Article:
Darwin being a city of transient young people lured up by the weather, its remoteness and the near mystical kakadu national park, seems to always have a bar for the hippie types. The locality changes as the people leave and new developments swallow up old venues. Some years ago it was the Congo bar down by the wharf, then it was Brown’s Mart and now it appears to be the Happy Yess bar. But even though the faces change along with the venue, pretty much everything else stays the same.
There’s the young hippie girls whirling around trying to look pretty and still be in the glorious everpresent universal moment at the same time. There’s their young hippie boys, looking awkward and gentle, looking stoned and out-of-it, trying to have a conversation completely free of any words that could possibly have negative connotations. The two types tend to congregate in protective cliques, welcoming to those with the right look, not quite so to others but ultimately, the group politics are harmless and have much the same underlying drivers as all other groups of young people – the desire to be liked, to be accepted, to be admired and to connect – to belong.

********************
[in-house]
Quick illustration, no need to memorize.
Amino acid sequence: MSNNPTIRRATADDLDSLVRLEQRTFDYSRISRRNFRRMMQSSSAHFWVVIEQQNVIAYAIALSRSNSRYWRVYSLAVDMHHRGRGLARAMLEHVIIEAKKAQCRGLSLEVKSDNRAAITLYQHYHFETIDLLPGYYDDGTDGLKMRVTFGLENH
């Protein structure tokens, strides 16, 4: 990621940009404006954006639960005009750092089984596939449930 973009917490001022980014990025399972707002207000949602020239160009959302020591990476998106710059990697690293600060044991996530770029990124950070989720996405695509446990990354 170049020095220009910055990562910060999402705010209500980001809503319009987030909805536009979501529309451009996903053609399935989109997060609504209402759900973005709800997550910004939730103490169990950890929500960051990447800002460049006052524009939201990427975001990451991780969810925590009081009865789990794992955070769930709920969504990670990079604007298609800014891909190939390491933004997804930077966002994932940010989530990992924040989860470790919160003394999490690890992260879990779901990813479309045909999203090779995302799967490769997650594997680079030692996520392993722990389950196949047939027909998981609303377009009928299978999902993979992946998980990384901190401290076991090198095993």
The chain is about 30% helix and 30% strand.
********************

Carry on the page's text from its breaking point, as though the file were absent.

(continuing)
Of course there are others too, people like me with a few more years under the belt and have moved on somewhat and others too my age and older who still mistake the ideals for reality. I gravitated to the former, a couple of women in their late thirties who were there for the band, bore the traces of former whirlyflowergirl-hood and had since had very interesting adventurous lifes, rivalling SG’s.
I left well before midnight, turning down an invitation to a young hippie party out in East Point. I wanted to wake early to go to yoga and the Parap market. And besides, I had a suspicion that like Happy Yess, it would resemble every other hippie Darwin house party I’d attended 6 years ago and unlike the markets, I was in no hurry to revisit that.